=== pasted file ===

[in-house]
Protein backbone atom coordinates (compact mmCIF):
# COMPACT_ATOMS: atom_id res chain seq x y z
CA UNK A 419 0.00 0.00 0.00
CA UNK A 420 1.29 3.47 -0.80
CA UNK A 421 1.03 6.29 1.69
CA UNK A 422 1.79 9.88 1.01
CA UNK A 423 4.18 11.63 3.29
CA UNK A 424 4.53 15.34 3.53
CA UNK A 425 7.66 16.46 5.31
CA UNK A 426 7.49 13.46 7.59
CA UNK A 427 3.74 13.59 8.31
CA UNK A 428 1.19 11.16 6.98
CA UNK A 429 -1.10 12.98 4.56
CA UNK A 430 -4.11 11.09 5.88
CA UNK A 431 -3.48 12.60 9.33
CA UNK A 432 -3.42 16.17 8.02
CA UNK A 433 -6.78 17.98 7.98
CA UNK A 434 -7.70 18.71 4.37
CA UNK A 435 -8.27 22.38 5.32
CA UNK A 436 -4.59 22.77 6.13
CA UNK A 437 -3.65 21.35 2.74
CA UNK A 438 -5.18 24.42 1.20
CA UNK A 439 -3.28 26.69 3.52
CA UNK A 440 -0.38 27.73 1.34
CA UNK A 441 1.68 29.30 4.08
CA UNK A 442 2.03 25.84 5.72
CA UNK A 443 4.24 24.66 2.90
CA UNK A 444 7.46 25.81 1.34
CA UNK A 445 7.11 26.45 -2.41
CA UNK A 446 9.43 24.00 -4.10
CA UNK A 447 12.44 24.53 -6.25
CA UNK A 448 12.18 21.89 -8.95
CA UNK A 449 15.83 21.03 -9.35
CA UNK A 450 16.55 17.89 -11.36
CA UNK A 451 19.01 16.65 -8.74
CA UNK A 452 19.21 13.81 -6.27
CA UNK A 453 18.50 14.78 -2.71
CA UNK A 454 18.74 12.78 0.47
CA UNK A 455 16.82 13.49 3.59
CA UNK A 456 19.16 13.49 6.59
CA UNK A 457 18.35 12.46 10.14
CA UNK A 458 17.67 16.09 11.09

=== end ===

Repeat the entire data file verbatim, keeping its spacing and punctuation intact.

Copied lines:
[in-house]
Protein backbone atom coordinates (compact mmCIF):
# COMPACT_ATOMS: atom_id res chain seq x y z
CA UNK A 419 0.00 0.00 0.00
CA UNK A 420 1.29 3.47 -0.80
CA UNK A 421 1.03 6.29 1.69
CA UNK A 422 1.79 9.88 1.01
CA UNK A 423 4.18 11.63 3.29
CA UNK A 424 4.53 15.34 3.53
CA UNK A 425 7.66 16.46 5.31
CA UNK A 426 7.49 13.46 7.59
CA UNK A 427 3.74 13.59 8.31
CA UNK A 428 1.19 11.16 6.98
CA UNK A 429 -1.10 12.98 4.56
CA UNK A 430 -4.11 11.09 5.88
CA UNK A 431 -3.48 12.60 9.33
CA UNK A 432 -3.42 16.17 8.02
CA UNK A 433 -6.78 17.98 7.98
CA UNK A 434 -7.70 18.71 4.37
CA UNK A 435 -8.27 22.38 5.32
CA UNK A 436 -4.59 22.77 6.13
CA UNK A 437 -3.65 21.35 2.74
CA UNK A 438 -5.18 24.42 1.20
CA UNK A 439 -3.28 26.69 3.52
CA UNK A 440 -0.38 27.73 1.34
CA UNK A 441 1.68 29.30 4.08
CA UNK A 442 2.03 25.84 5.72
CA UNK A 443 4.24 24.66 2.90
CA UNK A 444 7.46 25.81 1.34
CA UNK A 445 7.11 26.45 -2.41
CA UNK A 446 9.43 24.00 -4.10
CA UNK A 447 12.44 24.53 -6.25
CA UNK A 448 12.18 21.89 -8.95
CA UNK A 449 15.83 21.03 -9.35
CA UNK A 450 16.55 17.89 -11.36
CA UNK A 451 19.01 16.65 -8.74
CA UNK A 452 19.21 13.81 -6.27
CA UNK A 453 18.50 14.78 -2.71
CA UNK A 454 18.74 12.78 0.47
CA UNK A 455 16.82 13.49 3.59
CA UNK A 456 19.16 13.49 6.59
CA UNK A 457 18.35 12.46 10.14
CA UNK A 458 17.67 16.09 11.09